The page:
A mentor plays a significant role in students’ lives, both in their educational development and social and personal development. Having a mentor is especially essential in a student’s life. So young and inexperienced in their field, they will always need someone to guide them, teach them, and show them the right way to do things.
They will need someone to help them celebrate their success and show them how to learn from their failures. If you are interested in teaching and helping your students but don’t know how don’t worry, we have got you. You have the potential to be a great mentor; you only need a little guidance on figuring out how.
Half the battle is just showing up. Accessibility is the goal when you want to be able to be there for your students. You can’t be a good mentor if you’re not there at all. Thus, you must reach out to your students, as it is very likely that many students will hesitate to contact you until the last moment. Make it a point to make regular appearances through weekly meetings or office hours.
Always respond to your email and texts–it doesn’t matter how long it takes as long as you do it. Your students only need to they can count on you. Hence, keep the lines of communication open so that you can answer their questions and concerns, providing the reassurance they need. The effort you make will go a long way in helping both parties to get to know each other. When you know them, you will learn how to help them.
Students are inexperienced baby chicks who need help to learn how to fly. They have dreams, expectations, and ideas about what they want to do. But to give them structure and direction, you will have to articulate your expectations for them. You need to interact with your students and talk to them about what they can anticipate from you as a mentor; you should define roles and relationships with your students.
At the same time, you should also effectively evaluate your students’ knowledge level, skill, and ability so that you know where to begin. Doing this will give you a better picture of what you can expect and modify your methods to educate and challenge them. Everyone has different abilities and strengths, and unless you set flexible expectations, you will never help your students realize them.
Be a Positive Role Model
As a student’s mentor, you also become their role model by default. They will look up to you and look to you for what they should do. A student will learn plenty just by observing what you do, the path you chose, how you interact with others, and what you focus their attention on. It is not uncommon for them to emulate you because that’s how they think they can be successful.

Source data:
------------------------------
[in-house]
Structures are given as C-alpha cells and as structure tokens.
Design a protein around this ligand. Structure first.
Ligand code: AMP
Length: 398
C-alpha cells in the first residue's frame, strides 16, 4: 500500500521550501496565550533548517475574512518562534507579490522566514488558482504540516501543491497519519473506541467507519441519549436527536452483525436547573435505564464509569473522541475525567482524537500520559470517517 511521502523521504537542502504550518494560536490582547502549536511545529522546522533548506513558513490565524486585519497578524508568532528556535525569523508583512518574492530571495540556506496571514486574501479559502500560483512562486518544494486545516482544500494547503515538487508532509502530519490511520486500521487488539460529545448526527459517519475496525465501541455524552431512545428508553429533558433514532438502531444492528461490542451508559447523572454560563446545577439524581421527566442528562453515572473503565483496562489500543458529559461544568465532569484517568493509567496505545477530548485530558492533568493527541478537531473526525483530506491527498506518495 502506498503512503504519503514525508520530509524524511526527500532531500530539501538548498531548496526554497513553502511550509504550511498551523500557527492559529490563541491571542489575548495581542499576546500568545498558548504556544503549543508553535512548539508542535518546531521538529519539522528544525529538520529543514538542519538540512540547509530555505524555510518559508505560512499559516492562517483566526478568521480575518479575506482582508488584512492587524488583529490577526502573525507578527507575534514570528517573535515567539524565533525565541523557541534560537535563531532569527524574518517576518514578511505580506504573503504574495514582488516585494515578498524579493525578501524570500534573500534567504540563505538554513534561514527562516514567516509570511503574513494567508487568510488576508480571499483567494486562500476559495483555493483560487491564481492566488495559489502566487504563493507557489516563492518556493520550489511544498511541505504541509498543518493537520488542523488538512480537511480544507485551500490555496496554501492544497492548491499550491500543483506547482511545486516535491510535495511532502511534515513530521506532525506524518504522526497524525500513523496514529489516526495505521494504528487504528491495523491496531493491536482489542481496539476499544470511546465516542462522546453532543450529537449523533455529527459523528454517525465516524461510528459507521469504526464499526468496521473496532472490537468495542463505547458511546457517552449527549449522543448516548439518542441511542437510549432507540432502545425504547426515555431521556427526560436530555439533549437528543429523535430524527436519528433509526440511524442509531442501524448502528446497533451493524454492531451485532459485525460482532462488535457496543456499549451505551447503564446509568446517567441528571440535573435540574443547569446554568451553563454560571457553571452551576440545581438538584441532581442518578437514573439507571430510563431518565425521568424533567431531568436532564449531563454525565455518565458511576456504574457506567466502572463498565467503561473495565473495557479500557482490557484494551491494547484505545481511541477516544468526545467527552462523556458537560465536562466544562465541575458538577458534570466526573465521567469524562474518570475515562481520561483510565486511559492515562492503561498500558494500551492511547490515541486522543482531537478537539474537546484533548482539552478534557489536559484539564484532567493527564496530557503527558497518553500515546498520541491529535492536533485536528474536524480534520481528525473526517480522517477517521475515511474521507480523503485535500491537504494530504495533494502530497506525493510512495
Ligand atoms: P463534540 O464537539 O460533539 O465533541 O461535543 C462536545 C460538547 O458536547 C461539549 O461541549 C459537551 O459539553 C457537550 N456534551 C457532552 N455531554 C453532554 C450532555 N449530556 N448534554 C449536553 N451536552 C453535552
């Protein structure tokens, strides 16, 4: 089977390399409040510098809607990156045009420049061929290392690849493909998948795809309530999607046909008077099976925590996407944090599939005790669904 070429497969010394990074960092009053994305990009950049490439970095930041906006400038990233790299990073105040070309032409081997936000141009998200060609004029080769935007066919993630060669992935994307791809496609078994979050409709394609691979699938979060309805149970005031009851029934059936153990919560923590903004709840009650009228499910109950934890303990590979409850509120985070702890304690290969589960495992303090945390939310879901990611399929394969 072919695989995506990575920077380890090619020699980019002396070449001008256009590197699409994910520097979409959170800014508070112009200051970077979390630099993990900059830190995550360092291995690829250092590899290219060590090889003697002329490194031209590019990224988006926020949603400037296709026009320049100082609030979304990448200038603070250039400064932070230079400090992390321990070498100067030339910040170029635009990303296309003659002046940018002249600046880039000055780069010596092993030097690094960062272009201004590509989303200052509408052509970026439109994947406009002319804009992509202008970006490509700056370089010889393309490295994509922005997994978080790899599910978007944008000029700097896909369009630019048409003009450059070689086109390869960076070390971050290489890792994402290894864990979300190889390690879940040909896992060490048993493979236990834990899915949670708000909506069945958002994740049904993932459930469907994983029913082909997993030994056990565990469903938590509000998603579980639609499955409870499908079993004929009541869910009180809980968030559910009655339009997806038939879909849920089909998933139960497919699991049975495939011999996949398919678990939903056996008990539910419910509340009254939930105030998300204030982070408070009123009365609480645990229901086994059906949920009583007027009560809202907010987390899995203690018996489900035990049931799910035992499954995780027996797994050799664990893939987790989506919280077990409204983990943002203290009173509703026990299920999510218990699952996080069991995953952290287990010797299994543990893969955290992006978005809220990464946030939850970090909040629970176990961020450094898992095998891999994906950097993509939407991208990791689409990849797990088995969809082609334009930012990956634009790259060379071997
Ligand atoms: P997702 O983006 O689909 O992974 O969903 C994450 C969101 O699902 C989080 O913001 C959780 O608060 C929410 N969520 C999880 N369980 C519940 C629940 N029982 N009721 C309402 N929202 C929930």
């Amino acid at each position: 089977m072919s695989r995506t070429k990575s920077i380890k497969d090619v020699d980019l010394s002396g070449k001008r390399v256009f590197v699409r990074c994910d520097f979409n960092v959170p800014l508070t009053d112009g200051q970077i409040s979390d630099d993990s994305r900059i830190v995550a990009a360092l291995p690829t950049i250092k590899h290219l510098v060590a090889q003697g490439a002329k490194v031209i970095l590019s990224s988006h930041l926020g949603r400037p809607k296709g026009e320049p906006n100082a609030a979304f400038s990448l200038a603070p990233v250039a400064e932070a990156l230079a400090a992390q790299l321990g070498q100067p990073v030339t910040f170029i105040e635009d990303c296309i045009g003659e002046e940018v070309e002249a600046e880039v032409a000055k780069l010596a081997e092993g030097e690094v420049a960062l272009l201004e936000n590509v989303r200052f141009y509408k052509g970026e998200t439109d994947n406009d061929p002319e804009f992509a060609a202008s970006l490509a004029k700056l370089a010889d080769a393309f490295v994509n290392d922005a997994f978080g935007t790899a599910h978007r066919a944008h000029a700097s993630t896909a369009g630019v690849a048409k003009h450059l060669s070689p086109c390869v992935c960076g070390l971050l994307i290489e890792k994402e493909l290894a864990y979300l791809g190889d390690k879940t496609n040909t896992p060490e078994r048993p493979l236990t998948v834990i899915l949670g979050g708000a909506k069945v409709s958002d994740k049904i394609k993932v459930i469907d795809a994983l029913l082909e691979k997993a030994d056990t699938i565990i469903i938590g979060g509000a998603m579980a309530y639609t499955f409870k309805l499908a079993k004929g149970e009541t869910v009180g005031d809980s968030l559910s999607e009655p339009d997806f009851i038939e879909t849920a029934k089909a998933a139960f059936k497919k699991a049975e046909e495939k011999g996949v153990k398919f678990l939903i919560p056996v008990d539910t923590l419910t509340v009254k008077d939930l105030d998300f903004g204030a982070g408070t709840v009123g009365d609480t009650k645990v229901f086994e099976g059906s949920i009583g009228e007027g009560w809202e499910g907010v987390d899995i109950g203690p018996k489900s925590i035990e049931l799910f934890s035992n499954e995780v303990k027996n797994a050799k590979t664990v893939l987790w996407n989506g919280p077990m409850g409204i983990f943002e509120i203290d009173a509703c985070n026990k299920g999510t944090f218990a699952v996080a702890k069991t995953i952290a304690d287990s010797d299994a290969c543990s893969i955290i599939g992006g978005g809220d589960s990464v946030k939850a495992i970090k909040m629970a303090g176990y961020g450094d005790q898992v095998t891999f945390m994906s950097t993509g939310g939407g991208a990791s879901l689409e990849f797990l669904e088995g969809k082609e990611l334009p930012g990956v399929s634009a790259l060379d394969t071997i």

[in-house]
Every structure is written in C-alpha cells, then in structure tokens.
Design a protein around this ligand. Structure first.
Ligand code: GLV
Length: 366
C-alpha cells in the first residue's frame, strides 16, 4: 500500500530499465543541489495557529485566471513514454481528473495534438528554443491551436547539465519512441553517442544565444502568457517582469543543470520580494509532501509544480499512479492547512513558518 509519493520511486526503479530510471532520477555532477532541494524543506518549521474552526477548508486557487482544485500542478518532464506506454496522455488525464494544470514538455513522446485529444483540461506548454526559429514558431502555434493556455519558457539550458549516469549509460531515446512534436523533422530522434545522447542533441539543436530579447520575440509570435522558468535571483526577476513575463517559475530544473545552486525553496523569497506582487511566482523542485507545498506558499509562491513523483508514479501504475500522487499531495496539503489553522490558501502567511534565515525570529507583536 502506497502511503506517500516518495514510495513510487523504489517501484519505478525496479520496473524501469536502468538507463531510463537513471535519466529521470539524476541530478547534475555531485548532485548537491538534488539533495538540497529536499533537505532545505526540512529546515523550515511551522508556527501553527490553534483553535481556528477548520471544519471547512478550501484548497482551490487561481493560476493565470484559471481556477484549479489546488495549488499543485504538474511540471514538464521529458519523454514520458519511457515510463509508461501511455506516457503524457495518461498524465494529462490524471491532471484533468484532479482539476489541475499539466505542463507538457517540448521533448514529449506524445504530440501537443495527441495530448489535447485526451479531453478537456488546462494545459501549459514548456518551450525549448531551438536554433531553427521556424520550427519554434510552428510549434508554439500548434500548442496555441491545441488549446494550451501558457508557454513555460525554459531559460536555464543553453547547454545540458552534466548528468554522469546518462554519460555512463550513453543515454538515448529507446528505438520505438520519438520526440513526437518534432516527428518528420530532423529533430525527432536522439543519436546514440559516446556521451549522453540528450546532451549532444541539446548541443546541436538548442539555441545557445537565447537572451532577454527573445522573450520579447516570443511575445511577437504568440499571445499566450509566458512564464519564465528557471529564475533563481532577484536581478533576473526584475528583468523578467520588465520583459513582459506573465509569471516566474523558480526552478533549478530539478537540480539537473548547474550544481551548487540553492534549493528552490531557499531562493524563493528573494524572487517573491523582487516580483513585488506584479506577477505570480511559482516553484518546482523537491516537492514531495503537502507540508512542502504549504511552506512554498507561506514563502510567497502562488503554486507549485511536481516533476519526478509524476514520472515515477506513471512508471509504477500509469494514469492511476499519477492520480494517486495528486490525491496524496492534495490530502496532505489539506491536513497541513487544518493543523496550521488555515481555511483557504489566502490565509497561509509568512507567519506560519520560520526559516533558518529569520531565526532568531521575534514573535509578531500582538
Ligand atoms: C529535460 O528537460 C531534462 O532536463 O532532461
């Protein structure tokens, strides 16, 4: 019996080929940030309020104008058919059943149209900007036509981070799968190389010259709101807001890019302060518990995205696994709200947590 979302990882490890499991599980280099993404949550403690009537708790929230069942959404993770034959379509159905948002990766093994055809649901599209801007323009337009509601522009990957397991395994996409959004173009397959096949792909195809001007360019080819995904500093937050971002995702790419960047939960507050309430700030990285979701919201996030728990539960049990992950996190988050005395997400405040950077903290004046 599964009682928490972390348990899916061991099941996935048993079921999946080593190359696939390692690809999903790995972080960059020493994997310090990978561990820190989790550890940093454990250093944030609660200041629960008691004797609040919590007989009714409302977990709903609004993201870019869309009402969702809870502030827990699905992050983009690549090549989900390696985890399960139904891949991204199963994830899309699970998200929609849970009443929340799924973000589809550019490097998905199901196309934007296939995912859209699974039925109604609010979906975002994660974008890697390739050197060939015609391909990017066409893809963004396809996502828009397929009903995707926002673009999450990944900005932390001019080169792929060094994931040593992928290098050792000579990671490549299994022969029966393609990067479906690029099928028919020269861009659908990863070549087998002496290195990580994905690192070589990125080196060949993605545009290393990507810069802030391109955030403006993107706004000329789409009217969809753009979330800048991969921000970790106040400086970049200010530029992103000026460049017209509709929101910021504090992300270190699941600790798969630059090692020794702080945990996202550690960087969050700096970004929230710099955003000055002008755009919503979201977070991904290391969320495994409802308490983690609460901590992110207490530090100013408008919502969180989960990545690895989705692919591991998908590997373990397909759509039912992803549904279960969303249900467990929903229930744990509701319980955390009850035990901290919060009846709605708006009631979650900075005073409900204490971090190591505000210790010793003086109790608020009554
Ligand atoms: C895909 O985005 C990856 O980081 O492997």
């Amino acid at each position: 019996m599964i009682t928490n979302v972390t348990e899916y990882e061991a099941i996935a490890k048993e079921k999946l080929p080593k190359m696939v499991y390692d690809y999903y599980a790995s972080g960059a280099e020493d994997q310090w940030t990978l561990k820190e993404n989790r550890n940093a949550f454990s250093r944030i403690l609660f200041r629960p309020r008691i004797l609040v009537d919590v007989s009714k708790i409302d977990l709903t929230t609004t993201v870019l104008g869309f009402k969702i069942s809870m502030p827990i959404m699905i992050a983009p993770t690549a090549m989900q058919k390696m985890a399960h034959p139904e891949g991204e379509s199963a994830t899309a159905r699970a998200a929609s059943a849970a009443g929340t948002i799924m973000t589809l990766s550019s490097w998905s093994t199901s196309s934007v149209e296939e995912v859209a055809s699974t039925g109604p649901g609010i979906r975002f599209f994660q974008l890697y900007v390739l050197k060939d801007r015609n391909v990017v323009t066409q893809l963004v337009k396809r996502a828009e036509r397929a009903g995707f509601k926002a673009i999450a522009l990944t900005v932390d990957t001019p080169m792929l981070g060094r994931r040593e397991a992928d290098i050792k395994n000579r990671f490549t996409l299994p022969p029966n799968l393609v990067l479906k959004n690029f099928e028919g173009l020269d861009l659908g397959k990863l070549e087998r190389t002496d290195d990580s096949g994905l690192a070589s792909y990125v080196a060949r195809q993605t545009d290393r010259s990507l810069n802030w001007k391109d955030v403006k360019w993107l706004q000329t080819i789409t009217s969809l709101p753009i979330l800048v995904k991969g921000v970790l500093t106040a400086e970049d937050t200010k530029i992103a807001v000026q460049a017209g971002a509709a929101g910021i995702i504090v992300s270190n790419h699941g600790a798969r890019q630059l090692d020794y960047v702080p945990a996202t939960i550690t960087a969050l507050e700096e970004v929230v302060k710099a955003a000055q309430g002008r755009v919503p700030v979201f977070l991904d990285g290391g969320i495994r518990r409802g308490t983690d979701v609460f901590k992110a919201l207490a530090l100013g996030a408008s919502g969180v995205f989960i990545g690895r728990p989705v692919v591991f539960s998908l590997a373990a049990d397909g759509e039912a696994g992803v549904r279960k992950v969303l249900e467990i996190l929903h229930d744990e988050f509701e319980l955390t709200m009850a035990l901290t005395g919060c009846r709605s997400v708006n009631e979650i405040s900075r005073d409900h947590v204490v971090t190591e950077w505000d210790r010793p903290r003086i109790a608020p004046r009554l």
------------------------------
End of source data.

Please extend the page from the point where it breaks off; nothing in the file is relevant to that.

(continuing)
Thus, it becomes your responsibility to be a positive role model who is someone worth emulating. You are no longer just an individual. You are some who inspires, motivates, and encourages. Thus, it would help if you were someone worth being a role model, someone who deserves the title and the respect that comes with it.
Share Your Experiences and Insights
Your students are here to learn from you. They will have questions–heaps and heaps of questions—about who you are and how you got there, and what they should do. A great way to answer those questions is to share your own experiences and insights. Spread your wisdom a little so that your students might learn something too. It can be more helpful than you think.
Sharing your stories also goes a long way in humanizing yourself, especially when you share stories about your mistakes and failures. That is how you can teach your students. It holds more weight and value than you think it will. It helps your students get acquainted with what kind of challenges will arise and how they might deal with them, as well. By sharing your experiences, you will help assuage a lot of doubt and uncertainty as you will give them a fair idea of what to expect.
Acknowledge their Successes as Much as Their Failures
As a student, your mentees will fail a lot. But they will succeed a lot as well. Your duty in all of this is to be motivating, encouraging, and a pillar of support as they go through these ups and downs. When they fail, it is your responsibility to give constructive feedback and point out their weakness so that they can improve. You need to gentle but firm, always telling them how they can proceed from this setback. They have enough challenges as it, so they do not need someone crushing their spirits. By giving thoughtful and wise advice, you will help your students gain insight into their skills and weakness and make progress.
But, it is not enough only to help them learn from their failures–you need to be there when they succeed, as well. Highlight their achievements and celebrate them as much as you would celebrate yours. It helps students build confidence and become more assured of their abilities.
These students want to be seen by you, so be there when they achieve something. And remember, their achievements are always a reflection of you.
Being a mentor is demanding, but it is not impossible. Some days might be more complicated than others, and some students might take longer to crack than others, but it is a rewarding experience. If you truly want to shape and change lives for the better, you must put in the time and effort to see that happen. It takes small steps, a little advice, and a lot of practice to get things right. And who knows? It might change your life, as well.